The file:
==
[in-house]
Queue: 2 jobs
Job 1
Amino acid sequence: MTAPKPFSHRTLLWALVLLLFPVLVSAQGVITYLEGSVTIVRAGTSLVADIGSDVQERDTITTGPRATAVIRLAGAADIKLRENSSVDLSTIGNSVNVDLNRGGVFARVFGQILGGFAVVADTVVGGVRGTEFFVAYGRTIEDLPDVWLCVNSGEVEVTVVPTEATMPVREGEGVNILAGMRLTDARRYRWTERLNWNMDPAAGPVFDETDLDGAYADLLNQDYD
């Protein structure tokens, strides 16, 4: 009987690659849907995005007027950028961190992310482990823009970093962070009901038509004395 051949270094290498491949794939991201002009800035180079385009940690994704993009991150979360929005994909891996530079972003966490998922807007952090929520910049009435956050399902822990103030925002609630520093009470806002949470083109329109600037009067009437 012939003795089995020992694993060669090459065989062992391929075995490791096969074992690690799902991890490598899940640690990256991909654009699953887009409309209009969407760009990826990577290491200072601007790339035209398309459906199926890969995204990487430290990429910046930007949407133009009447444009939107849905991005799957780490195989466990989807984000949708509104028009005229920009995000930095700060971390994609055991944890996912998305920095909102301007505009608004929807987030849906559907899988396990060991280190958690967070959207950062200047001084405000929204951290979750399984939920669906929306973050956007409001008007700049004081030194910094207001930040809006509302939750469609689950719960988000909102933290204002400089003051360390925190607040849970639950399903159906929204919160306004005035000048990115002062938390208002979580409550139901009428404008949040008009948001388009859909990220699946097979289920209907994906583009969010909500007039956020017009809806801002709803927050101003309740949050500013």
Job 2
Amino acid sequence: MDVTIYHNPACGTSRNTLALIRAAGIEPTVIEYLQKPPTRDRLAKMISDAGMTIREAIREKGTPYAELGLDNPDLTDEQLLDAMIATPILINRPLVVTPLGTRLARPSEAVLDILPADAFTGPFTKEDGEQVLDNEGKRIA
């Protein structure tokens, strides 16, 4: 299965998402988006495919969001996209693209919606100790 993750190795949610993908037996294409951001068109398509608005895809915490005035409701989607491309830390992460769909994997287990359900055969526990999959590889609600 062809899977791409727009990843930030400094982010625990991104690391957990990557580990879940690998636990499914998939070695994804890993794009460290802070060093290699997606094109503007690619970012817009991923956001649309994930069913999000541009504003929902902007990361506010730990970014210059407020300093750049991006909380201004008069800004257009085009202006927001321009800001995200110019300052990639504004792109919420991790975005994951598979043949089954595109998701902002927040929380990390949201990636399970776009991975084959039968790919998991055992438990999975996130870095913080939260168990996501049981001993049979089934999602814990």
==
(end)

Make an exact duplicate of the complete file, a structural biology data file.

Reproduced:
[in-house]
Queue: 2 jobs
Job 1
Amino acid sequence: MTAPKPFSHRTLLWALVLLLFPVLVSAQGVITYLEGSVTIVRAGTSLVADIGSDVQERDTITTGPRATAVIRLAGAADIKLRENSSVDLSTIGNSVNVDLNRGGVFARVFGQILGGFAVVADTVVGGVRGTEFFVAYGRTIEDLPDVWLCVNSGEVEVTVVPTEATMPVREGEGVNILAGMRLTDARRYRWTERLNWNMDPAAGPVFDETDLDGAYADLLNQDYD
């Protein structure tokens, strides 16, 4: 009987690659849907995005007027950028961190992310482990823009970093962070009901038509004395 051949270094290498491949794939991201002009800035180079385009940690994704993009991150979360929005994909891996530079972003966490998922807007952090929520910049009435956050399902822990103030925002609630520093009470806002949470083109329109600037009067009437 012939003795089995020992694993060669090459065989062992391929075995490791096969074992690690799902991890490598899940640690990256991909654009699953887009409309209009969407760009990826990577290491200072601007790339035209398309459906199926890969995204990487430290990429910046930007949407133009009447444009939107849905991005799957780490195989466990989807984000949708509104028009005229920009995000930095700060971390994609055991944890996912998305920095909102301007505009608004929807987030849906559907899988396990060991280190958690967070959207950062200047001084405000929204951290979750399984939920669906929306973050956007409001008007700049004081030194910094207001930040809006509302939750469609689950719960988000909102933290204002400089003051360390925190607040849970639950399903159906929204919160306004005035000048990115002062938390208002979580409550139901009428404008949040008009948001388009859909990220699946097979289920209907994906583009969010909500007039956020017009809806801002709803927050101003309740949050500013």
Job 2
Amino acid sequence: MDVTIYHNPACGTSRNTLALIRAAGIEPTVIEYLQKPPTRDRLAKMISDAGMTIREAIREKGTPYAELGLDNPDLTDEQLLDAMIATPILINRPLVVTPLGTRLARPSEAVLDILPADAFTGPFTKEDGEQVLDNEGKRIA
């Protein structure tokens, strides 16, 4: 299965998402988006495919969001996209693209919606100790 993750190795949610993908037996294409951001068109398509608005895809915490005035409701989607491309830390992460769909994997287990359900055969526990999959590889609600 062809899977791409727009990843930030400094982010625990991104690391957990990557580990879940690998636990499914998939070695994804890993794009460290802070060093290699997606094109503007690619970012817009991923956001649309994930069913999000541009504003929902902007990361506010730990970014210059407020300093750049991006909380201004008069800004257009085009202006927001321009800001995200110019300052990639504004792109919420991790975005994951598979043949089954595109998701902002927040929380990390949201990636399970776009991975084959039968790919998991055992438990999975996130870095913080939260168990996501049981001993049979089934999602814990």